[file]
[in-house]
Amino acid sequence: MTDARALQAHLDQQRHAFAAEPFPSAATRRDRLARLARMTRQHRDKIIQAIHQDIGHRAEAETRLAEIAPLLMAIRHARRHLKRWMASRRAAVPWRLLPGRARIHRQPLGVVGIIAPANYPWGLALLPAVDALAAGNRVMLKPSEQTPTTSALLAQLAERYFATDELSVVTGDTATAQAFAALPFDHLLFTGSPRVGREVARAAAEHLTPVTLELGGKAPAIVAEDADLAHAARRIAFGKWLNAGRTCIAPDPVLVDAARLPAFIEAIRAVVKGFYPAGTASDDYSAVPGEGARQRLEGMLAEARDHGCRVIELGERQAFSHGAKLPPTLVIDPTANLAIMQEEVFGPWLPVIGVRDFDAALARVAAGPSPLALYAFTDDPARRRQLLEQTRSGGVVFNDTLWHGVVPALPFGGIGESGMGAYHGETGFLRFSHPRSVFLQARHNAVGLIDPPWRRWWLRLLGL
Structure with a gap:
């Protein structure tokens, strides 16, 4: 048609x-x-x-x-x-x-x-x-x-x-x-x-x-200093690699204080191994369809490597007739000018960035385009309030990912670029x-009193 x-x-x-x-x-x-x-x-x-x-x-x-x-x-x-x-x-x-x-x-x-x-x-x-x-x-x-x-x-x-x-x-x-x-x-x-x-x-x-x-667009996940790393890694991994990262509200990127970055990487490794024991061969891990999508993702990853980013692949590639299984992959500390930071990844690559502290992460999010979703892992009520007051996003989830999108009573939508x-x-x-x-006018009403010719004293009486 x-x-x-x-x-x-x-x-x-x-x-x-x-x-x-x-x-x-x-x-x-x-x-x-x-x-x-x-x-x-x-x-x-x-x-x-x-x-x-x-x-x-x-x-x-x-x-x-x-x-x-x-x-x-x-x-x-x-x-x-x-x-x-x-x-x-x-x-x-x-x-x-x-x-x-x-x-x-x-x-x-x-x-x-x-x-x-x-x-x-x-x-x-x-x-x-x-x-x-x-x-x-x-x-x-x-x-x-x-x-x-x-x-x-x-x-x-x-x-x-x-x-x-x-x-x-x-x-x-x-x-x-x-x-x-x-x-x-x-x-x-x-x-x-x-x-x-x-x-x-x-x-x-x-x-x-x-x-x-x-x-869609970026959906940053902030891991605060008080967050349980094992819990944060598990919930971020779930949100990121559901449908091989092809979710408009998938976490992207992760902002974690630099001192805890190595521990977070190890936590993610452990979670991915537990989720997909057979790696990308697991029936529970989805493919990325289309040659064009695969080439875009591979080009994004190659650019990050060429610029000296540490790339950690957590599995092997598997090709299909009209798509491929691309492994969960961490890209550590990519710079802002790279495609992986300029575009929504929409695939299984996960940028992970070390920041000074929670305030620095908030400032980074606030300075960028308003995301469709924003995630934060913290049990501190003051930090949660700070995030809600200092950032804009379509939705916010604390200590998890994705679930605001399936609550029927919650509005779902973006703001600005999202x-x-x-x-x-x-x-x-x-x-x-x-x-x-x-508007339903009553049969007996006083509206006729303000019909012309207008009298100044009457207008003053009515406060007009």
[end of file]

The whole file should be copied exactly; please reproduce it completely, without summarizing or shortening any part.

[in-house]
Amino acid sequence: MTDARALQAHLDQQRHAFAAEPFPSAATRRDRLARLARMTRQHRDKIIQAIHQDIGHRAEAETRLAEIAPLLMAIRHARRHLKRWMASRRAAVPWRLLPGRARIHRQPLGVVGIIAPANYPWGLALLPAVDALAAGNRVMLKPSEQTPTTSALLAQLAERYFATDELSVVTGDTATAQAFAALPFDHLLFTGSPRVGREVARAAAEHLTPVTLELGGKAPAIVAEDADLAHAARRIAFGKWLNAGRTCIAPDPVLVDAARLPAFIEAIRAVVKGFYPAGTASDDYSAVPGEGARQRLEGMLAEARDHGCRVIELGERQAFSHGAKLPPTLVIDPTANLAIMQEEVFGPWLPVIGVRDFDAALARVAAGPSPLALYAFTDDPARRRQLLEQTRSGGVVFNDTLWHGVVPALPFGGIGESGMGAYHGETGFLRFSHPRSVFLQARHNAVGLIDPPWRRWWLRLLGL
Structure with a gap:
């Protein structure tokens, strides 16, 4: 048609x-x-x-x-x-x-x-x-x-x-x-x-x-200093690699204080191994369809490597007739000018960035385009309030990912670029x-009193 x-x-x-x-x-x-x-x-x-x-x-x-x-x-x-x-x-x-x-x-x-x-x-x-x-x-x-x-x-x-x-x-x-x-x-x-x-x-x-x-667009996940790393890694991994990262509200990127970055990487490794024991061969891990999508993702990853980013692949590639299984992959500390930071990844690559502290992460999010979703892992009520007051996003989830999108009573939508x-x-x-x-006018009403010719004293009486 x-x-x-x-x-x-x-x-x-x-x-x-x-x-x-x-x-x-x-x-x-x-x-x-x-x-x-x-x-x-x-x-x-x-x-x-x-x-x-x-x-x-x-x-x-x-x-x-x-x-x-x-x-x-x-x-x-x-x-x-x-x-x-x-x-x-x-x-x-x-x-x-x-x-x-x-x-x-x-x-x-x-x-x-x-x-x-x-x-x-x-x-x-x-x-x-x-x-x-x-x-x-x-x-x-x-x-x-x-x-x-x-x-x-x-x-x-x-x-x-x-x-x-x-x-x-x-x-x-x-x-x-x-x-x-x-x-x-x-x-x-x-x-x-x-x-x-x-x-x-x-x-x-x-x-x-x-x-x-x-x-869609970026959906940053902030891991605060008080967050349980094992819990944060598990919930971020779930949100990121559901449908091989092809979710408009998938976490992207992760902002974690630099001192805890190595521990977070190890936590993610452990979670991915537990989720997909057979790696990308697991029936529970989805493919990325289309040659064009695969080439875009591979080009994004190659650019990050060429610029000296540490790339950690957590599995092997598997090709299909009209798509491929691309492994969960961490890209550590990519710079802002790279495609992986300029575009929504929409695939299984996960940028992970070390920041000074929670305030620095908030400032980074606030300075960028308003995301469709924003995630934060913290049990501190003051930090949660700070995030809600200092950032804009379509939705916010604390200590998890994705679930605001399936609550029927919650509005779902973006703001600005999202x-x-x-x-x-x-x-x-x-x-x-x-x-x-x-508007339903009553049969007996006083509206006729303000019909012309207008009298100044009457207008003053009515406060007009």